Thomas Perrett reports on the new methods used by big energy associations to influence the media and those in power

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An influential lobbying association representing the oil and gas industry has sought to advance its interests through a complex web of communications and advocacy strategies which include influencing the media, policy-makers and banks, new research has found. 

The think tank InfluenceMap has investigated the International Gas Union (IGU) – a body representing 150 organisations including Shell, TotalEnergies and ExxonMobil across an estimated 90% of the global gas market – finding that it has sought to “find a positive message to defend and enhance the role of gas in the global energy dynamic”.

In particular, the IGU has noted that the debate around climate change and the divestment from fossil fuels may prove “potentially existential for the global natural gas value chain”.

The IGU has sought to develop a communications and engagement strategy which emphasises two main elements: the portrayal of natural gas as an ecologically sustainable fuel, and the promotion of its role in a future energy transition.

An IGU executive committee meeting on 18 May 2021 emphasised the need to “promote positive sentiments towards, and a broader definition of gas among media and influencers” and to “increase social acceptance of natural gas as distinct from other fossil fuels and of gas in all its forms as a key part of a transition to a clean and inclusive energy future”.

The IGU understands the threat posed by increasing awareness of the consequences of climate change and the implications of burning fossil gas and has sought to adjust its messaging accordingly, according to the research. A June 2021 document recognises the “perfect storm of public and activist policy targeting the gas sector,” emphasising the need to “get ahead of the discourse” in promoting natural gas as a clean energy source capable of providing energy security.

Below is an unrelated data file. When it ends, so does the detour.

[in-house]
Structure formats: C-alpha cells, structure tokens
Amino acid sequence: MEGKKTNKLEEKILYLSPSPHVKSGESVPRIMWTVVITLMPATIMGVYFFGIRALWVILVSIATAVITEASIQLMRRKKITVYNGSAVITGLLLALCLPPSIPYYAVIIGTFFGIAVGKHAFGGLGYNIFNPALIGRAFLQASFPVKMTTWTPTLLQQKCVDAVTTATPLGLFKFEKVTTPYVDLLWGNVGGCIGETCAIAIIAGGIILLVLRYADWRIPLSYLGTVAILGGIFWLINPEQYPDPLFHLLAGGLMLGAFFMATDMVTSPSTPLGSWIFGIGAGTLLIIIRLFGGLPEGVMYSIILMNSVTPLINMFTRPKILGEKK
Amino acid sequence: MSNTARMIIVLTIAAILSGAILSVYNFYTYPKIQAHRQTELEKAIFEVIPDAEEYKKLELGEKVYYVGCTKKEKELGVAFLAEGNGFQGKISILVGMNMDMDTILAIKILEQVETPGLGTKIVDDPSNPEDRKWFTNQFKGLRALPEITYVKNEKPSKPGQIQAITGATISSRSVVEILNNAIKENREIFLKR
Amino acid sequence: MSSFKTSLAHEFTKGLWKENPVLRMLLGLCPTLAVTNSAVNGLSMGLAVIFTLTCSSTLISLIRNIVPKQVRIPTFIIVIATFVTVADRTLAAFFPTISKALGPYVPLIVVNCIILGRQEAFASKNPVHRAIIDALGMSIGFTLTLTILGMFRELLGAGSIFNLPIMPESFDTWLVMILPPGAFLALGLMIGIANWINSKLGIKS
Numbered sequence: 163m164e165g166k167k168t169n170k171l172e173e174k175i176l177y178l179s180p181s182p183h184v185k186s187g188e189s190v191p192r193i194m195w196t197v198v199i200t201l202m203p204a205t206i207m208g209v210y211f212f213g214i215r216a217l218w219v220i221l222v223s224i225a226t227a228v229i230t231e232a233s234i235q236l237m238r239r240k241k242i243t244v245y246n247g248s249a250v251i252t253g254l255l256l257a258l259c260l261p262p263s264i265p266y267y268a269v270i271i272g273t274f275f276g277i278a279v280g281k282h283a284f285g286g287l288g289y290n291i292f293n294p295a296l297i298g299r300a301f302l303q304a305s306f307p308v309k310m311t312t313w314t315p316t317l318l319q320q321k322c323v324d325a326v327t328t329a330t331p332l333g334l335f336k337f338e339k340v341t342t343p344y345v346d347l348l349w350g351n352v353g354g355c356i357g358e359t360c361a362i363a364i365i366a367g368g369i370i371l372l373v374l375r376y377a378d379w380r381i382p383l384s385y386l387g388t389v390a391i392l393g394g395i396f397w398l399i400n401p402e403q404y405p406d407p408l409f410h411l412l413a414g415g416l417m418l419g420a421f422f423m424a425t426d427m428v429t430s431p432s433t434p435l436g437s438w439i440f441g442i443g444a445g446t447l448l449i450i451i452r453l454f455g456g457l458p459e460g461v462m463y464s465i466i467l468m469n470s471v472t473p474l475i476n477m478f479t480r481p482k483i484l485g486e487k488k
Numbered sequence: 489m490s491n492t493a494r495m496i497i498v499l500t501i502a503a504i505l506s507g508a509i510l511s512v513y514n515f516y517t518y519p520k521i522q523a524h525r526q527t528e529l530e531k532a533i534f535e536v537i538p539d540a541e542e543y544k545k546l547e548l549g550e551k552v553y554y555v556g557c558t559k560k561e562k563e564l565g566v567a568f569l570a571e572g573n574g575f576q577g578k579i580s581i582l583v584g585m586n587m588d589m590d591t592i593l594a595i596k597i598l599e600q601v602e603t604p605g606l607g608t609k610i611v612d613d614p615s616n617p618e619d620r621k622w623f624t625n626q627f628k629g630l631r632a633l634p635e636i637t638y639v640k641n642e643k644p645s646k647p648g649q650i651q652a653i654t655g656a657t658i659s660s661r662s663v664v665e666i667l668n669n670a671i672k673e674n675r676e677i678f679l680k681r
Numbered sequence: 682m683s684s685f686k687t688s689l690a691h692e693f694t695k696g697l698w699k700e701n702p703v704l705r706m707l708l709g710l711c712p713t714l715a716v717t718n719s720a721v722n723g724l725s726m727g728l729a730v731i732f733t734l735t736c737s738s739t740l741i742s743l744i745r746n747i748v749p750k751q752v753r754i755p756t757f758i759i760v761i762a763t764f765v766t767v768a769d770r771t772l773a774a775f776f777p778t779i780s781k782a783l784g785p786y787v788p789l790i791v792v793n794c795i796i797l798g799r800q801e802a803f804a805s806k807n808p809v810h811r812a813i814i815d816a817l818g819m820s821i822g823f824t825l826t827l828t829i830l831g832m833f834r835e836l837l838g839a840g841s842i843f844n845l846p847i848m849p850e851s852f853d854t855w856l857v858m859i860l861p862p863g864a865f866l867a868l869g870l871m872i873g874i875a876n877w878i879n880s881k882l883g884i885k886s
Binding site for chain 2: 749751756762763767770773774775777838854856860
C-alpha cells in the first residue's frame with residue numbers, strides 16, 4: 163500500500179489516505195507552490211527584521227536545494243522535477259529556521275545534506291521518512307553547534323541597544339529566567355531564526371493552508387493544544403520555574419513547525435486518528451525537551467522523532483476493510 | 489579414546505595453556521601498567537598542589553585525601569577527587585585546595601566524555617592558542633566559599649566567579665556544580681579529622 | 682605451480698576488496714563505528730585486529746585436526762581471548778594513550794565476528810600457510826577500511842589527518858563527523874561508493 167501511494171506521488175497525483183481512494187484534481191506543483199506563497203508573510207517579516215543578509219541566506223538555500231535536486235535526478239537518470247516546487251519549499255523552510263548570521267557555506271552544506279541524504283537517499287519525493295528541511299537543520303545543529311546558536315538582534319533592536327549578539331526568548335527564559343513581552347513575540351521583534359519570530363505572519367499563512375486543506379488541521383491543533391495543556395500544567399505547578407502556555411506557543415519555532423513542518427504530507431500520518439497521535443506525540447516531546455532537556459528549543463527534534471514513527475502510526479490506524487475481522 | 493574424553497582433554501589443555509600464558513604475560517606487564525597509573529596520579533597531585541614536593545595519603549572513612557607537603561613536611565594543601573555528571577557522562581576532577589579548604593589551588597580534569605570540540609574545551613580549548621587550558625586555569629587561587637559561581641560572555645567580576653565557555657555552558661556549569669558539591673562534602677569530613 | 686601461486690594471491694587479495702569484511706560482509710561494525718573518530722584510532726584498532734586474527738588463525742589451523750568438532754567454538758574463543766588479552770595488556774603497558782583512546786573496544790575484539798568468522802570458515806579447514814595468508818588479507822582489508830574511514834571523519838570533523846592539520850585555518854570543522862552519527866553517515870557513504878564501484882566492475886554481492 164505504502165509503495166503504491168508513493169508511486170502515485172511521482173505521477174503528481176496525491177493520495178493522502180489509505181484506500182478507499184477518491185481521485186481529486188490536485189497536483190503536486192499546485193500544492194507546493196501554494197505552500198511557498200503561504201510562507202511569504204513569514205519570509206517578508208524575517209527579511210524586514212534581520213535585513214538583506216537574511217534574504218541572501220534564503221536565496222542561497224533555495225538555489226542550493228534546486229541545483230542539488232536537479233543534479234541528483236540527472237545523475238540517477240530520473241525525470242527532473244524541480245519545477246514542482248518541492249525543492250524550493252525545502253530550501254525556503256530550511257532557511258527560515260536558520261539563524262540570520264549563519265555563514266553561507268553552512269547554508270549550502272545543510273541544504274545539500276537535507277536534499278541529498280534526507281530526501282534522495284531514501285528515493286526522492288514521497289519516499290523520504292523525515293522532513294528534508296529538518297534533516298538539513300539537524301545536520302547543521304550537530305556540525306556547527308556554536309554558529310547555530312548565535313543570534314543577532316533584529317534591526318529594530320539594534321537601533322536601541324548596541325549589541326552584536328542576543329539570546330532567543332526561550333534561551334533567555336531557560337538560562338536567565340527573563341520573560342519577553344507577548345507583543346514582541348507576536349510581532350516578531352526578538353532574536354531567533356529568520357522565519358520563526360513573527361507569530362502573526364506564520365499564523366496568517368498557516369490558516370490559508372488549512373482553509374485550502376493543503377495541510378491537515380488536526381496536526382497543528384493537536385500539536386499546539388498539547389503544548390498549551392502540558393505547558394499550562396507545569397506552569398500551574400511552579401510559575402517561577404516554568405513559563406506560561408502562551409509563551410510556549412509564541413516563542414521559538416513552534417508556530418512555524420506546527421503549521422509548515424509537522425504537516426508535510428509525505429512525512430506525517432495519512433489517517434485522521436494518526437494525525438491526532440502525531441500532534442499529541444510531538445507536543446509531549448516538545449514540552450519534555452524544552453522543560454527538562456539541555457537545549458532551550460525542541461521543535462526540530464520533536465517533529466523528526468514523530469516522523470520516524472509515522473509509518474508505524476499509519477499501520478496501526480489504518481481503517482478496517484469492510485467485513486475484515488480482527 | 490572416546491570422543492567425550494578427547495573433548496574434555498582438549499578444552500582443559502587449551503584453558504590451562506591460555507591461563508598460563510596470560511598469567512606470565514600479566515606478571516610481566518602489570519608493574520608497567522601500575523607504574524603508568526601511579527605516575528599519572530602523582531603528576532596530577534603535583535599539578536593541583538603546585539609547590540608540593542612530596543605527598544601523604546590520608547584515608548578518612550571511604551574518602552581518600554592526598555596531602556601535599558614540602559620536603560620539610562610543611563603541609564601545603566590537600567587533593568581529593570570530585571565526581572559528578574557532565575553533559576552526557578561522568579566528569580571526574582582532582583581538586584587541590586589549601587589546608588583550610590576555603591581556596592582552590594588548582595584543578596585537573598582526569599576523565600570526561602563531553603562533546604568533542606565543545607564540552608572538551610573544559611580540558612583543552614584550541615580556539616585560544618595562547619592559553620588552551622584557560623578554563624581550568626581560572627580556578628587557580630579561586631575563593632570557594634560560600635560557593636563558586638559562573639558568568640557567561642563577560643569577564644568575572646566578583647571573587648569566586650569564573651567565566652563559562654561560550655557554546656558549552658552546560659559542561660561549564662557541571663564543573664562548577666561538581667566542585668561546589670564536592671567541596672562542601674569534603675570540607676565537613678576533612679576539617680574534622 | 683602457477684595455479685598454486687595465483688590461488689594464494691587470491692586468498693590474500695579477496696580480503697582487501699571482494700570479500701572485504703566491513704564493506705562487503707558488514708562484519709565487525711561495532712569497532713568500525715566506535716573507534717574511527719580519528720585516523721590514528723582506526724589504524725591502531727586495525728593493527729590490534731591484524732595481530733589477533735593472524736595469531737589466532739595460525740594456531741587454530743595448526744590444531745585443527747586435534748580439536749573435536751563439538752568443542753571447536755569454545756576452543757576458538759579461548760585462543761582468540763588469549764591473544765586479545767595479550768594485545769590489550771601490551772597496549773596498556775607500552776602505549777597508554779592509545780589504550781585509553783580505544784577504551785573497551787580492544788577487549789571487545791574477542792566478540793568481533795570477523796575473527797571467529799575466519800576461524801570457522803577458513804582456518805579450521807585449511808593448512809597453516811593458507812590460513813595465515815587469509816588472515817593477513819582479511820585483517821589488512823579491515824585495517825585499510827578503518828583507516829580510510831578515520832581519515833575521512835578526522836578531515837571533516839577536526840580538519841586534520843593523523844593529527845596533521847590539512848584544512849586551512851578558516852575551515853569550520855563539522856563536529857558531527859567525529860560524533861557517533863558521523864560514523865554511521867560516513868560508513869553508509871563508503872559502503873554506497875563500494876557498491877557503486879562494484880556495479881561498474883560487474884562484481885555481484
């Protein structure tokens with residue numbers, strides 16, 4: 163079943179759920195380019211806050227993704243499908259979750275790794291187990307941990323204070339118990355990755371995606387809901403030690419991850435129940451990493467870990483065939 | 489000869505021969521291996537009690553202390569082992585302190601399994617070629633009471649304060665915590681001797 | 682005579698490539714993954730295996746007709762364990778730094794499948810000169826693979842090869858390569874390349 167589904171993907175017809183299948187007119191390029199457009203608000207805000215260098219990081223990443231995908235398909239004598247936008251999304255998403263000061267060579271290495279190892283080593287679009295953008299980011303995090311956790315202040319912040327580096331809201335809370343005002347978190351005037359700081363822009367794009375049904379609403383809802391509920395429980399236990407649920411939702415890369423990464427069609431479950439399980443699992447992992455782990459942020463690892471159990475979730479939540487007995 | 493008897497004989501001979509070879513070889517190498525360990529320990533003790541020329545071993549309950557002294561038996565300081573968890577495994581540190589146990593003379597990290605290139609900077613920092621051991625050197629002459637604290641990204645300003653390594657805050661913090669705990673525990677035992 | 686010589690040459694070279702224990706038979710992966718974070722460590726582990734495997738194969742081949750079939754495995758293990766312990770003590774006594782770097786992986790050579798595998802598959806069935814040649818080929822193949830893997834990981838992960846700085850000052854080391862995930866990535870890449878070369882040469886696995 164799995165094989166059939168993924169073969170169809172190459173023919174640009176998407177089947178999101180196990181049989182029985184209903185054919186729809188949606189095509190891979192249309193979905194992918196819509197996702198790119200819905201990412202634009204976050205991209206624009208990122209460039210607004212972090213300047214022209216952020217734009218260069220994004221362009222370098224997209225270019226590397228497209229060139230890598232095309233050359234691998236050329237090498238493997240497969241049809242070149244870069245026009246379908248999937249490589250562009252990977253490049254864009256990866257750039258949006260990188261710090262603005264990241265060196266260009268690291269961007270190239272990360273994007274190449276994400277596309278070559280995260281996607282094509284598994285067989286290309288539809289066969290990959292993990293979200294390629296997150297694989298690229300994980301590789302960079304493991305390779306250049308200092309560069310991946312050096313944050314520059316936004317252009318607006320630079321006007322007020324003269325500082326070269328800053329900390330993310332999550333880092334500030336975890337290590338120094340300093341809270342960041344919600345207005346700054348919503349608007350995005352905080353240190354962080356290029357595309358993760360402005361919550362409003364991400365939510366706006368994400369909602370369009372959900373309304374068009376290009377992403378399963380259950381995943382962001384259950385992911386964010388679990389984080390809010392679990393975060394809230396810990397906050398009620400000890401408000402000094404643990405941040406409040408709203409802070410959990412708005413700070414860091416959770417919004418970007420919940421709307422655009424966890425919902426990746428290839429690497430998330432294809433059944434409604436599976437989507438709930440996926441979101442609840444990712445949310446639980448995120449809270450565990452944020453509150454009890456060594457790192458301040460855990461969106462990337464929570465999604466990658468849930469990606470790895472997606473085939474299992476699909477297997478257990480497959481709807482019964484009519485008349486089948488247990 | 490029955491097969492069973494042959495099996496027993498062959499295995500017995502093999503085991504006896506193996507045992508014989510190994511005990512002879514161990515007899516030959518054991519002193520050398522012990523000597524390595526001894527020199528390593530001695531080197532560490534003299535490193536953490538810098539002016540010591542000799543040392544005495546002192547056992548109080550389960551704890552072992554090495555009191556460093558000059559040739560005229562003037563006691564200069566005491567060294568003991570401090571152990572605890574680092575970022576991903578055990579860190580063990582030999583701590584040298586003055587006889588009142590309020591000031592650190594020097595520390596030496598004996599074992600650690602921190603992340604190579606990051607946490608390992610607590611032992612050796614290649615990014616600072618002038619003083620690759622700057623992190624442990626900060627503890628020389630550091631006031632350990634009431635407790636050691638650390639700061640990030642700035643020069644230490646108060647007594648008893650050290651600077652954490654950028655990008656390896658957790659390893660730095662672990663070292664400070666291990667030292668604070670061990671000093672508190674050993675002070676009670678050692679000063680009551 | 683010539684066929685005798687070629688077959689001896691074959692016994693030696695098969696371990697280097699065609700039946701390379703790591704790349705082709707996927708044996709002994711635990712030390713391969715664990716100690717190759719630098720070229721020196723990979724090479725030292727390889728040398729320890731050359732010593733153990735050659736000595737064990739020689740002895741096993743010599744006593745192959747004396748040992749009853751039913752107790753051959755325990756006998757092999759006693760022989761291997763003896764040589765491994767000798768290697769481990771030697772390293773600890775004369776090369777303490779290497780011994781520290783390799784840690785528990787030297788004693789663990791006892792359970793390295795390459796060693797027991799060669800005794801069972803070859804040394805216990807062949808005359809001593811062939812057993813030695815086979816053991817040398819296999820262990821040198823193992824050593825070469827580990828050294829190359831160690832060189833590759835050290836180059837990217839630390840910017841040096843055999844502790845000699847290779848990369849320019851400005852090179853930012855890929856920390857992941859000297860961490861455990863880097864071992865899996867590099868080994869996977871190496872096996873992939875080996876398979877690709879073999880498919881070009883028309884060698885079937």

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Reaching an Audience

The redefinition of natural gas as a sustainable fuel is a crucial element of the IGU’s strategy, as it has sought to broaden its mandate to include “renewable gases, decarbonised gases and low-carbon gases, in addition to natural gas”.

This tactic has proved successful, according to the research. By defining fuels such as blue hydrogen (produced from fossil gas with carbon capture and storage) and grey hydrogen (produced from methane) as “renewable”, the IGU has influenced policy-makers within the EU.

In a 2020 letter co-signed by 56 energy firms and industry associations, the IGU advocated for “scaling up all decarbonisation options… including natural, renewable and decarbonised gases and carbon capture and storage (CCUS) technologies”, arguing that natural gas itself was a sustainable fuel capable of displacing coal. 

As a result of lobbying efforts by the IGU, which altered and broadened the definition of fossil gas, the European Parliament passed a motion last June that failed to object to its inclusion as a sustainable economic activity, claiming that “as the commission believes there is a role for private investment in gas and nuclear activities in the green transition, it has proposed the classification of certain fossil gas and nuclear energy activities as transitional activities contributing to climate change mitigation”.